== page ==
Scientists in Germany recently used mobile electroencephalography (EEG) headsets to record the brain activity of romantic partners in their everyday environment. Their findings, which appear in Scientific Reports, provide more evidence that positive emotional experiences are associated with greater activity in the frontal areas of the left half of the brain.
“The question how emotions are processed in the brain is one of the most well-researched topics in neuroscience. Many studies have illustrated that emotional processing is lateralized in the brain, meaning that one hemisphere is dominant in the processing of emotions,” said study author Julian Packheiser, a postdoctoral researcher in the Biopsychology Lab at the Ruhr University Bochum.
“The precise nature of this lateralization is however unclear to this day, likely due to the lack of ecological validity in experiments investigating emotions. To investigate the neural basis of emotions, we have to make use of technologies such as EEGs or MRIs to gather data from the brain directly, but this setup does not permit us to actually behave in accordance to the felt emotions as they are heavily physically restraining.”
“Our study wanted to alleviate this lack of ecological validity as we brought the experiment to the participants’ natural environment and they could move freely using a so-called mobile EEG,” Packheiser told PsyPost.
The researchers used a mobile EEG system that recorded the brain activity of 16 couples in their own homes during embracing, kissing and emotional speech. The EEG system also included acceleration sensors that were used to record movement patterns as well, which allowed the researchers to control for movement-based artifacts in the data.
Packheiser and his colleagues were particularly interested in EEG data in the alpha frequency band between 8 and 13 Hz and the beta frequency band between 13 and 30 Hz.
“We focused on differences in asymmetrical processing in the alpha frequency band due to the pronounced role of frontal alpha asymmetries in emotional processing. Since beta power asymmetries have been demonstrated to be highly comparable in function to alpha power asymmetries in studies investigating motor preferences and resting state oscillations, we also included beta power asymmetries as a dependent variable in our study,” the researchers explained.
Confirming previous findings, the researchers found evidence for emotional lateralization.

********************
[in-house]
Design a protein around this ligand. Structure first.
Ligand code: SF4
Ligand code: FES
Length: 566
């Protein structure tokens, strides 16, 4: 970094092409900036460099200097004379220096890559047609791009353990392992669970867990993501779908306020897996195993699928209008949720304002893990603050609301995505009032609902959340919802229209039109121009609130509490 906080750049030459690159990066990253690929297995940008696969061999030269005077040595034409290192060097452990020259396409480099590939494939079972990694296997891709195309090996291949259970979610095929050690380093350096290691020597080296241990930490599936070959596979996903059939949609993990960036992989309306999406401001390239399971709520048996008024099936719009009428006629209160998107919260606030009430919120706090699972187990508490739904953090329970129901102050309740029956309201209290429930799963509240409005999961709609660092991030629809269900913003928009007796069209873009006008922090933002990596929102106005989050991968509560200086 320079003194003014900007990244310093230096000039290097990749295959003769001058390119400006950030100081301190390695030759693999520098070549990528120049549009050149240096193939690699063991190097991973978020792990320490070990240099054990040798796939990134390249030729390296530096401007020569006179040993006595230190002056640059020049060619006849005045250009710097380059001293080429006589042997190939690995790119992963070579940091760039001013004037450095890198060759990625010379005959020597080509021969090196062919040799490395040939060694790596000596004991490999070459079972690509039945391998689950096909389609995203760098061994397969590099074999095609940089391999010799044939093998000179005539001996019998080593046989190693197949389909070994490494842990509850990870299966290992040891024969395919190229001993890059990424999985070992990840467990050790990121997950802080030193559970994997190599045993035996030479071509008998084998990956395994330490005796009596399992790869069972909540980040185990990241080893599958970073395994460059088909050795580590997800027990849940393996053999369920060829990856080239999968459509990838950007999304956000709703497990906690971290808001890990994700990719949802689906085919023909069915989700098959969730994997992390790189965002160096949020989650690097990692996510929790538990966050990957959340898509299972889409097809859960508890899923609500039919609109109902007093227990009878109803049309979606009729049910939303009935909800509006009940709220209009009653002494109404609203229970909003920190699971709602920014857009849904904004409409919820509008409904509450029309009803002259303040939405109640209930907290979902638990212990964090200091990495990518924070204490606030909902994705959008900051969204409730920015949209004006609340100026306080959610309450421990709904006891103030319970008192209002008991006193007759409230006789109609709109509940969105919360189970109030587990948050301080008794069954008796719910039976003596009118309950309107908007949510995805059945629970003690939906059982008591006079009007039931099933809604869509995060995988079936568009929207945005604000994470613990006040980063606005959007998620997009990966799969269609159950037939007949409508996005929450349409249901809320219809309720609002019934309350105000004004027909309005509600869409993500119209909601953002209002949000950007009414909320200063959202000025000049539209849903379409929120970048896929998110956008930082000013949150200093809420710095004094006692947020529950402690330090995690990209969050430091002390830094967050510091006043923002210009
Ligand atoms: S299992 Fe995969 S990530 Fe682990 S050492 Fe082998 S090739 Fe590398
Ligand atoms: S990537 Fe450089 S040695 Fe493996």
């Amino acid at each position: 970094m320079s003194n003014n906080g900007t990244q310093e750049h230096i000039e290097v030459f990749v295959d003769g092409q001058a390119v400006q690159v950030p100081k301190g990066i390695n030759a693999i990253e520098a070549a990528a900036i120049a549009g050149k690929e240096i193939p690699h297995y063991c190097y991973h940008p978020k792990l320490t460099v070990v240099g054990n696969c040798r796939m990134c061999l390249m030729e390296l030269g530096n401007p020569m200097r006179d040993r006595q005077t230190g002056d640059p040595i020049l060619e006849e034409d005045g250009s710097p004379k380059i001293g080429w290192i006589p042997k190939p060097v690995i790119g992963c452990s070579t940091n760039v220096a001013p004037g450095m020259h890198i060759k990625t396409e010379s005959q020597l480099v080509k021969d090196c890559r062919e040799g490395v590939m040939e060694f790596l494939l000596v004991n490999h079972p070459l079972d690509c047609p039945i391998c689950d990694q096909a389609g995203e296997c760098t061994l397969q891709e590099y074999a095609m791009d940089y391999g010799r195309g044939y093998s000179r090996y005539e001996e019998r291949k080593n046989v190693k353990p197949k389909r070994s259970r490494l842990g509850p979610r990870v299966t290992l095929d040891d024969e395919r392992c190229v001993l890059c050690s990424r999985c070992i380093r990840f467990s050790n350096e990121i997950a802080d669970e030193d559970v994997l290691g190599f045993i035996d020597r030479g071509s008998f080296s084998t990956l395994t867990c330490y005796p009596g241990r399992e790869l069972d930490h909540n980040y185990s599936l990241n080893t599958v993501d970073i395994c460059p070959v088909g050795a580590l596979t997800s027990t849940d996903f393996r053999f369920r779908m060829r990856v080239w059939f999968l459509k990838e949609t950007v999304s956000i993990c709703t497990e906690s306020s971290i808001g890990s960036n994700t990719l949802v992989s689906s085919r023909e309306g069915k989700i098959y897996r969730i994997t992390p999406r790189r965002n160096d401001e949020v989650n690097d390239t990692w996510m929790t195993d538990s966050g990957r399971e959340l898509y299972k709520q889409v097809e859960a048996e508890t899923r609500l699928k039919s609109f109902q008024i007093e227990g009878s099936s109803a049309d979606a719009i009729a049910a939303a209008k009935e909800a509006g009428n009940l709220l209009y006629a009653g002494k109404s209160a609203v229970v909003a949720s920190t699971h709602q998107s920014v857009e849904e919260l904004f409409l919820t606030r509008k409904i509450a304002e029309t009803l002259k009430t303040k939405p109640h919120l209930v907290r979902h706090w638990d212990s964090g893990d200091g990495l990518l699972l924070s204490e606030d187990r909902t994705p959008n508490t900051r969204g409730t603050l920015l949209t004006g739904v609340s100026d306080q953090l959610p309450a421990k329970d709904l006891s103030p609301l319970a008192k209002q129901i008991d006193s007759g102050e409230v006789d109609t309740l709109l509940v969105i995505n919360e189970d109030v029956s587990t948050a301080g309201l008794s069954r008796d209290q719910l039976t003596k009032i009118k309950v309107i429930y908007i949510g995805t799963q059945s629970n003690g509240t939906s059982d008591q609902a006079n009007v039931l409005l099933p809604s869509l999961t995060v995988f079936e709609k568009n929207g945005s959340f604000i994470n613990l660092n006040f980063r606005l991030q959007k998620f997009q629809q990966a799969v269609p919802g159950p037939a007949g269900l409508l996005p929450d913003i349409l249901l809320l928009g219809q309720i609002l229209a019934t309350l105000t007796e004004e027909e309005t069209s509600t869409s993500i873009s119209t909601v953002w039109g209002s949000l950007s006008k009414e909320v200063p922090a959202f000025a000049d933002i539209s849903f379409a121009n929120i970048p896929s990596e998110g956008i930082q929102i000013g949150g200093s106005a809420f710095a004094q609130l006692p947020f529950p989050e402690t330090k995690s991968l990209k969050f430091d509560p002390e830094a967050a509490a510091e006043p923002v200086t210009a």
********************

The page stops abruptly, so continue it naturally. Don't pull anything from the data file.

“Our results were in agreement with previous EEG literature suggesting that emotions are processed in the brain depending on the valence of the emotion. Positive emotions like love and happiness are more strongly processed in the left brain hemisphere whereas negative emotions are dominantly processed in the right hemisphere,” Packheiser explained.
“Since we could replicate these previous findings, it illustrates that laboratory experiments can generalize to real-life conditions which is an important implication for experimental psychology and neuroscience. Our lab work can therefore be transferred to the real world.”
But the use of EEG technology comes with some limitations.
“A major caveat is that EEG only allows for the measurement of brain activity located closely to the skull, since the electrodes measure activity on the brain surface. However, many emotional processes also take place in phylogenetically older brain structures that are located more deeply in the brain,” Packheiser said.
“With EEG, we have no access to them. Future research could use mobile magnetoencephalography (MEG) to also measure deep brain activity with less physical constraints to the participants in order to complete the picture. Furthermore, our couples were exclusively from Western societies. Cross-cultural experiments are also needed since social touch is experienced and executed differently across cultures.”
The study, “Investigating real-life emotions in romantic couples: a mobile EEG study“, was authored by Julian Packheiser, Gesa Berretz, Noemi Rook, Celine Bahr, Lynn Schockenhoff, Onur Güntürkün, and Sebastian Ocklenburg.